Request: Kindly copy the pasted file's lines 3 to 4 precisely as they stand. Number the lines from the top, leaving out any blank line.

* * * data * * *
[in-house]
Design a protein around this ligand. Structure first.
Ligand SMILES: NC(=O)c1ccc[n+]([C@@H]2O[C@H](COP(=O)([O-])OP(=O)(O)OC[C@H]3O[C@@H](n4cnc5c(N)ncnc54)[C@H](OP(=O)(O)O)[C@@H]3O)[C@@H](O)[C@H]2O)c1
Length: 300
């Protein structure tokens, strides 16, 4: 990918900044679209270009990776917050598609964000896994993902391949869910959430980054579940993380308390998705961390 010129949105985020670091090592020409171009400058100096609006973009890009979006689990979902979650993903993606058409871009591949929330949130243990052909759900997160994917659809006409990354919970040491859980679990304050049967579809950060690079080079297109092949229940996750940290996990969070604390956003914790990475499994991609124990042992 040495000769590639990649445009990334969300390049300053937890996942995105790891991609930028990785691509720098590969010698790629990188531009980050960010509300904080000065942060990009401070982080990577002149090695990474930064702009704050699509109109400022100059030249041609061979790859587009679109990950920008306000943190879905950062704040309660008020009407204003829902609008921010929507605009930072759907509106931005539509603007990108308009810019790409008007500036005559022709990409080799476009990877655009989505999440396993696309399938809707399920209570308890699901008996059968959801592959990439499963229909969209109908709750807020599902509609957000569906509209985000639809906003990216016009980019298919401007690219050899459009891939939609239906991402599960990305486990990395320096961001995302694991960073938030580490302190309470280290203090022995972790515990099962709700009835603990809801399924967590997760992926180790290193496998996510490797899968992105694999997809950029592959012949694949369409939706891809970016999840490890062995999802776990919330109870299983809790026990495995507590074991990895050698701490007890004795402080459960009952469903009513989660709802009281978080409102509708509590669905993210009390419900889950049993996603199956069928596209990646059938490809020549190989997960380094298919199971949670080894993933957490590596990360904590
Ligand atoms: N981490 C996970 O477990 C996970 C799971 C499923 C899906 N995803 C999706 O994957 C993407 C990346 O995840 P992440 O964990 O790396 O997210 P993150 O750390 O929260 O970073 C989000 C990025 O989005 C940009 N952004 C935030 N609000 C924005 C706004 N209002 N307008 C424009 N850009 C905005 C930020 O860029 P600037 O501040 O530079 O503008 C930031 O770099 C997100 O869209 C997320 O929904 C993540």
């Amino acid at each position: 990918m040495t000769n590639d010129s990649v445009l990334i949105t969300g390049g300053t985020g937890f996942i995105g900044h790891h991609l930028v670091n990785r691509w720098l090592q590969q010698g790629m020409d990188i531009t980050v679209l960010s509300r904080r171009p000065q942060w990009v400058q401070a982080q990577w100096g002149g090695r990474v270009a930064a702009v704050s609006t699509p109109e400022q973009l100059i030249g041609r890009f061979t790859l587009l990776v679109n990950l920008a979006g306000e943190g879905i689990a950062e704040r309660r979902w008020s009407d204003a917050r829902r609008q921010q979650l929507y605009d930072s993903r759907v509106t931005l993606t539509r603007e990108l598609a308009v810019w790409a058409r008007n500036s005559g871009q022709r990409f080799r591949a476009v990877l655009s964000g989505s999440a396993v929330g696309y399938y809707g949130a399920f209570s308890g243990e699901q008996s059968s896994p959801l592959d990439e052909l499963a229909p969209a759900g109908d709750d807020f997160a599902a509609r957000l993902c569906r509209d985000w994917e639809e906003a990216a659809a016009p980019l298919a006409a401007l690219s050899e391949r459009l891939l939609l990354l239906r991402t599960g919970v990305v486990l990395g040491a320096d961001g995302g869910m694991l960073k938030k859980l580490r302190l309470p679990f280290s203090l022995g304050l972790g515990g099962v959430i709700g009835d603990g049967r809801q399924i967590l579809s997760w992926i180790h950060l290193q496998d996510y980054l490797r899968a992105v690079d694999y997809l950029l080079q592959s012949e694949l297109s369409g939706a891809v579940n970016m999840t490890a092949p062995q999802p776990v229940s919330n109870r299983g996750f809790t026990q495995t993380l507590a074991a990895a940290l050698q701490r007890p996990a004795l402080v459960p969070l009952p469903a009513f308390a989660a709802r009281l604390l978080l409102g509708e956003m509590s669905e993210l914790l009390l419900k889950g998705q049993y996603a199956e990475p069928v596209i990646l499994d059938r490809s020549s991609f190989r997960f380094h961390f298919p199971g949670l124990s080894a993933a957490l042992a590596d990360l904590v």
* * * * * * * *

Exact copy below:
Ligand SMILES: NC(=O)c1ccc[n+]([C@@H]2O[C@H](COP(=O)([O-])OP(=O)(O)OC[C@H]3O[C@@H](n4cnc5c(N)ncnc54)[C@H](OP(=O)(O)O)[C@@H]3O)[C@@H](O)[C@H]2O)c1
Length: 300